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Politics as Usual

How sick would it be if there were daily tracking polls like Rasmussen, CBS News, NY Times, etc. giving us 7 updates a week on how Blazer Nation feels about key questions.... "Is Blake fit to lead?," "Does Nate McMillan have the foreign policy experience to manage Rudy's transition?", "Does Nic Batum represent change, hope, or both?" and the like. 

If such polling existed, and it absolutely should, one question would interrupt more dinners than any other: "Martell or Travis?"

I remain firmly undecided.  However, for quite a while I have been one of those voters that thinks Martell needs to do a bit more to confront the questions about his being, for lack of a technical term, SpongeBob Soft.

Thankfully, old friend Wendell Maxey has some interesting new information for us...

Martell Webster has been putting in his time with a personal trainer at Club Sport across the street from the Blazers practice facility. The workouts - which have included some shadow boxing, glove work, core building techniques and the like - usually last a few hours in the morning. Hard to tell how many days a week though. Anyway, let me just say, Webster is busting his hump in these workouts. It's no joke. From the looks of it, it's a pretty intense workout and Webster is all-in. It's the kind of workout that makes you tired just watching. Both Travis Outlaw and Steve Blake have also partaken (as have Steven Hill, Jamaal Tatum and assistant coach Monty Williams - who looks as if he could still play) in these sessions sporadically, yet it is the work ethic of Webster that is most noticeable.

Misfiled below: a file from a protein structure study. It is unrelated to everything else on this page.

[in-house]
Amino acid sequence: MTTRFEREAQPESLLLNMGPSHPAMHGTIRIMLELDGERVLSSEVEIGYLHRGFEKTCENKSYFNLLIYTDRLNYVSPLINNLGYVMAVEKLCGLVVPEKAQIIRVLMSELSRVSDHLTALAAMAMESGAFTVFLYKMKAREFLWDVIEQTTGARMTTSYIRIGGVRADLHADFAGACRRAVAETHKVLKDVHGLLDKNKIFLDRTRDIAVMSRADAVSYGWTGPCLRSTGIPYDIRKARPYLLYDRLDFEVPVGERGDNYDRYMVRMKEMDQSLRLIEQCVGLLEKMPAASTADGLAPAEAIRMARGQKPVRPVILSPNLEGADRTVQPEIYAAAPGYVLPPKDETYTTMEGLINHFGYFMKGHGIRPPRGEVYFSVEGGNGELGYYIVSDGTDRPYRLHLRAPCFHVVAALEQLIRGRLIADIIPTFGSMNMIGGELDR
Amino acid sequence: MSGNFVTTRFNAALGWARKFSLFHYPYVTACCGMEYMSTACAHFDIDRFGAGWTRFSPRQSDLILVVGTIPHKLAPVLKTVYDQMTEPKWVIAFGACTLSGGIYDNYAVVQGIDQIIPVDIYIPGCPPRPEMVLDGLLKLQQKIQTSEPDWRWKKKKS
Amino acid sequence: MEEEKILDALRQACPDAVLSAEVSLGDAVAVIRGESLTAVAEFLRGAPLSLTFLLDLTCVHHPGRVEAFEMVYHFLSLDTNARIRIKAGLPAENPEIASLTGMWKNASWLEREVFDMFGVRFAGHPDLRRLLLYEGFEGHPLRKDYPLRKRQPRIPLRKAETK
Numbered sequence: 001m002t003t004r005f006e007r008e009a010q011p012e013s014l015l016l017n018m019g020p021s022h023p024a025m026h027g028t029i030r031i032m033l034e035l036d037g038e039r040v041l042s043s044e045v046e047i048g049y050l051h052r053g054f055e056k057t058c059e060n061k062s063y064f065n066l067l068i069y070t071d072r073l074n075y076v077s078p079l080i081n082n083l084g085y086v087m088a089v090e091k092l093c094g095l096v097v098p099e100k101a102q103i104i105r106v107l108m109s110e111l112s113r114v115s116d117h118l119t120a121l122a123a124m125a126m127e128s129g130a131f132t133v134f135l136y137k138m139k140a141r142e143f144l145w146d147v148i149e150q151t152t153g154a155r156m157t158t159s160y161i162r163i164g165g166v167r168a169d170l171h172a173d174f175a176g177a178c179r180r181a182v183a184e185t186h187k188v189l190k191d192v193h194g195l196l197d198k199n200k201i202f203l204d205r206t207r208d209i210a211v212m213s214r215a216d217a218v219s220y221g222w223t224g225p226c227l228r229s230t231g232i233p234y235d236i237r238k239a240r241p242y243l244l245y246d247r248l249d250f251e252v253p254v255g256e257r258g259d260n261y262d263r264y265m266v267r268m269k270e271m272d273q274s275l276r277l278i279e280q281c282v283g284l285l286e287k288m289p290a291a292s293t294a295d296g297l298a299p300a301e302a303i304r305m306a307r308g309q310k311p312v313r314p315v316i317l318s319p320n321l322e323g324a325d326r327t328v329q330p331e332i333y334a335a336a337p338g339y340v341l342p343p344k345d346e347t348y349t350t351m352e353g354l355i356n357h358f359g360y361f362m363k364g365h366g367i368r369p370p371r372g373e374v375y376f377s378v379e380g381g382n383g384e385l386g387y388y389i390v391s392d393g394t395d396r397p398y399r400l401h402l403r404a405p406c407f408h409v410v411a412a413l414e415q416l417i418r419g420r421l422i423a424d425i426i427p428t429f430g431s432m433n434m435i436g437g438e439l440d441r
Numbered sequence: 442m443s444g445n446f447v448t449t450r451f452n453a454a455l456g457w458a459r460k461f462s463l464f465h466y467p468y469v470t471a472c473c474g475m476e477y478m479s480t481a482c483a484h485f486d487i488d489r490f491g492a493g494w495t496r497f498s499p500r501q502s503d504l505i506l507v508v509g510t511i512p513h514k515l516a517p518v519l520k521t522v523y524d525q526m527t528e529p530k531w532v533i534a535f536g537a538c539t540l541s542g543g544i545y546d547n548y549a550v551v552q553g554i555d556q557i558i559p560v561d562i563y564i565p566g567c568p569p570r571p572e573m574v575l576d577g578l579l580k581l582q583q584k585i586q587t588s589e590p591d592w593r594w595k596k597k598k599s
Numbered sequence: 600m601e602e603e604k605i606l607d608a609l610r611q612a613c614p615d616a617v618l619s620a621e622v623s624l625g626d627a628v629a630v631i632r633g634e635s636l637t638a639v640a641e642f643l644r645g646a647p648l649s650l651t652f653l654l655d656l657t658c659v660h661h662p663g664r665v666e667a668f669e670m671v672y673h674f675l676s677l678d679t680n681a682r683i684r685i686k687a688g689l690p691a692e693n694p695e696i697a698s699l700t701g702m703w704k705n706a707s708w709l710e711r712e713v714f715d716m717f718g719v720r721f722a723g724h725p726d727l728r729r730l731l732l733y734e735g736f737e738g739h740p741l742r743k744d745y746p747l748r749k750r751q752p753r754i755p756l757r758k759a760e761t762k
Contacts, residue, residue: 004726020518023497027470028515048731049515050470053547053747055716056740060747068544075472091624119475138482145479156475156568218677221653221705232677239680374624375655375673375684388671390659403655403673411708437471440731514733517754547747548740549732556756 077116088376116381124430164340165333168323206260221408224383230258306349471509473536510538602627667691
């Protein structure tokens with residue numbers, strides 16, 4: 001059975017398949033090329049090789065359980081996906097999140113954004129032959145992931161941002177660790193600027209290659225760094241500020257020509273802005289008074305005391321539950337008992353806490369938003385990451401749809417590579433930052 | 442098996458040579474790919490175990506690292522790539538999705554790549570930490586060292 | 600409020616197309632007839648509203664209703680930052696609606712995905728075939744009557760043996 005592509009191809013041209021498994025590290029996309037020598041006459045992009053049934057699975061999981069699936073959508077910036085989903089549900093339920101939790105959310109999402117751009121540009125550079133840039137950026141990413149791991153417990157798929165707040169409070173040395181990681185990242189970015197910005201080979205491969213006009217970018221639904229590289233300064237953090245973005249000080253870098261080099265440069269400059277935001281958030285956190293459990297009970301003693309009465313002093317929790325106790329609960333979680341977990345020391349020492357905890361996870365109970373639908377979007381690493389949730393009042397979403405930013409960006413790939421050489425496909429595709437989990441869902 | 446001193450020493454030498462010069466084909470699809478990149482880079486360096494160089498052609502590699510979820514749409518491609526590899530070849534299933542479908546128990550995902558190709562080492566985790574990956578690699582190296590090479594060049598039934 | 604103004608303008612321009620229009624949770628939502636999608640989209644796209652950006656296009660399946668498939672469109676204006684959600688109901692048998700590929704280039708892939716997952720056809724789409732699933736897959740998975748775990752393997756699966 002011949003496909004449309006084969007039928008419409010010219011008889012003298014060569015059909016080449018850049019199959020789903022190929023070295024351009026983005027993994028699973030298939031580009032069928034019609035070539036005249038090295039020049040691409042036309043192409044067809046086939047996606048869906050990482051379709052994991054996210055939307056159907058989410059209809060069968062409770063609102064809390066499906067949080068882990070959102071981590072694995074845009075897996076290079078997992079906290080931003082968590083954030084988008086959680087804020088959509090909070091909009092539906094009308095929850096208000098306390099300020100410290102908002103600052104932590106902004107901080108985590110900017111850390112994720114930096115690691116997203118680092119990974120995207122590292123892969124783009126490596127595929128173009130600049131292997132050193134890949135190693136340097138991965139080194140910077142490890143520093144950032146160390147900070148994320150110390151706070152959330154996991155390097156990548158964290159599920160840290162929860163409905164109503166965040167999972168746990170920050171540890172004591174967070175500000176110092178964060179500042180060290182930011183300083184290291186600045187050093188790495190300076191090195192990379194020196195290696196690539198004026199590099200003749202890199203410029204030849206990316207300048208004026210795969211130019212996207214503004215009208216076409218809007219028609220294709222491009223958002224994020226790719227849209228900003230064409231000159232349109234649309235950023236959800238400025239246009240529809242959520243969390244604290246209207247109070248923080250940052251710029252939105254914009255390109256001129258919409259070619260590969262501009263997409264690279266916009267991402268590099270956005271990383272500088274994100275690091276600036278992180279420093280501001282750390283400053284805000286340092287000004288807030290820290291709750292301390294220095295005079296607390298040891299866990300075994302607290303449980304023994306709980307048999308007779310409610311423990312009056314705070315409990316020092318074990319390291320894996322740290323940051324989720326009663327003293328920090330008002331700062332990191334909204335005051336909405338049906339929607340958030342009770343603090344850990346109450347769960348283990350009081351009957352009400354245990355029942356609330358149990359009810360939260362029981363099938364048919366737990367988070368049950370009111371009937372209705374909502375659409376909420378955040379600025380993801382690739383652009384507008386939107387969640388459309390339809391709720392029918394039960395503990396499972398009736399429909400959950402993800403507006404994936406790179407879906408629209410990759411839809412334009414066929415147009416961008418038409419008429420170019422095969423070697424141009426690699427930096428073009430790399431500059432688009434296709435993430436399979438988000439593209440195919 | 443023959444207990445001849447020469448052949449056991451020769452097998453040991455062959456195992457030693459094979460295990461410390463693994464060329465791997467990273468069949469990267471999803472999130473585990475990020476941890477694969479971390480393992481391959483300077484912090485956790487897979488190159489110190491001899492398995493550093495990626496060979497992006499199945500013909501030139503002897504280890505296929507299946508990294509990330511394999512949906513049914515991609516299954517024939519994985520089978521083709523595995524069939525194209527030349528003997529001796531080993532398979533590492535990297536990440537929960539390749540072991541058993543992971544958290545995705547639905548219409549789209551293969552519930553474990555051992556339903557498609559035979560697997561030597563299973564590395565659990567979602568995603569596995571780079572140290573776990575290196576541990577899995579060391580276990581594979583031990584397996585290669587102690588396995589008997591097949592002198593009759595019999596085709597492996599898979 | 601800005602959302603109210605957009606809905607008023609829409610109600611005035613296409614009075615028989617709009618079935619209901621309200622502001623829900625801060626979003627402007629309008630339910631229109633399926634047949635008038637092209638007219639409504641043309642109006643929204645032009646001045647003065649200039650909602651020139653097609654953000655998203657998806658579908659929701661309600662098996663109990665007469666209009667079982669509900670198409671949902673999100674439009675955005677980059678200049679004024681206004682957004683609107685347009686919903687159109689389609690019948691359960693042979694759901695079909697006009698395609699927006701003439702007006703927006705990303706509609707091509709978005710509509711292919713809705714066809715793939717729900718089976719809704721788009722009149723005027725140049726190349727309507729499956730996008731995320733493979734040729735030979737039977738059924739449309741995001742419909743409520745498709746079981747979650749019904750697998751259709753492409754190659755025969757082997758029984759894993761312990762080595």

I'm not saying Blake and Outlaw aren't going all out, although it's clear Travis isn't even close to being in the same condition as Blake and Webster right now. You can tell those two guys have invested the time this summer. You can tell just by watching these guys go through the various drills. Travis seems a step or two behind Steve and Martell. Again, that's not a knock on Outlaw or anything.

Another old friend and former BE interview subject, Bethlehem Shoals, had this to say about TO...

I wish the Blazers could play 200 guys at once. Last year's upstart nucleus is joined by new faces Jerryd Bayless, Rudy Fernandez and Ike Diogu, and of course, Greg Oden's deferred rookie year begins. That means LaMarcus Aldridge moves to power forward full-time, where do-it-all Outlaw got his share of minutes, and spot-up shooter Martell Webster becomes a no-brainer in this offense.

So where does that leave Outlaw, who can play positions 2-4 and last year learned clutch and the longball? Well, he's certainly not going to get as many shots as Roy and Aldridge got in 2007-08, which is his stated goal. And he's no longer as desperately needed as a situational stop-gap. Expect Outlaw to be used selectively, as a match-up scrambler, defensive fright, and occasional big-shot option. But after last season's meteoric arrival, this year he'll be receding back into the rotation.

 Oh no, a recession!  He said recession! 

So, like a typical undecided voter, I'm letting the media swing me from questioning Martell's tenacity to questioning how well TO's skills fit within the context of our roster makeup.

The subtext to this debate has always been, "Is there really room on this team for both?"  In political elections, you've got to make a choice.  When it comes to basketball, it's not always as simple as marking A or B on a ballot.  But the minutes at stake here are pretty tight.  More than likely, a choice between the two will be made at some point down the road.

Look, I'm not trying to swift boat the guy, but if you listen to Maxey and Shoals it sounds like Travis, not Martell, is the one that needs to shore up his support.  But perhaps that's how Travis would prefer it. Historically, he always seems to perform his best with a chip on his shoulder.

-- Ben (